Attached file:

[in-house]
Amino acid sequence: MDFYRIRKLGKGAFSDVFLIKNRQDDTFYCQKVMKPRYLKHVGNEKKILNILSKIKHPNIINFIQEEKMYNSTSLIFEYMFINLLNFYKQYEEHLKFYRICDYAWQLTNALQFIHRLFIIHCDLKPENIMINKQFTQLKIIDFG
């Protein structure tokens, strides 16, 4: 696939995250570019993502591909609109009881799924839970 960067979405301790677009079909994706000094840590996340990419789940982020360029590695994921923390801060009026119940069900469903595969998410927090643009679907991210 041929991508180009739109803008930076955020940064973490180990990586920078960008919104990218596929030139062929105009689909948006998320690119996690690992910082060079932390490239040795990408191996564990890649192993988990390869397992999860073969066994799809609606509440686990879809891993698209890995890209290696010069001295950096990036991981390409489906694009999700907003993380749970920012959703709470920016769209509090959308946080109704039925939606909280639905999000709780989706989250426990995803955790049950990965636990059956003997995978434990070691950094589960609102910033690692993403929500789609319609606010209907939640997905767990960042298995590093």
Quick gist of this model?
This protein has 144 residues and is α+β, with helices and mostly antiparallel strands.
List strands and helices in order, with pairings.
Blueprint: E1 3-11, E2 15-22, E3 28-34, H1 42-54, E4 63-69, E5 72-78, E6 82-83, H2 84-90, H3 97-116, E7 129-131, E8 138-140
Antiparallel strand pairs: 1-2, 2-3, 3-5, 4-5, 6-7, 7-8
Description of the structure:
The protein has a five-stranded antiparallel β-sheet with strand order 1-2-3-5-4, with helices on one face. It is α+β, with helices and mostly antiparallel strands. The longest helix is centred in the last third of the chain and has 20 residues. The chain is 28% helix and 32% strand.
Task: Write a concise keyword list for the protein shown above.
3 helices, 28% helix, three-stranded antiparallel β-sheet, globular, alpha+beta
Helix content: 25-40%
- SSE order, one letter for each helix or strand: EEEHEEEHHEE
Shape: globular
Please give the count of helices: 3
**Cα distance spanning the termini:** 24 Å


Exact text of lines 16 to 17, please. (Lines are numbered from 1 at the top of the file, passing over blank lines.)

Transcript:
Please give the count of helices: 3
**Cα distance spanning the termini:** 24 Å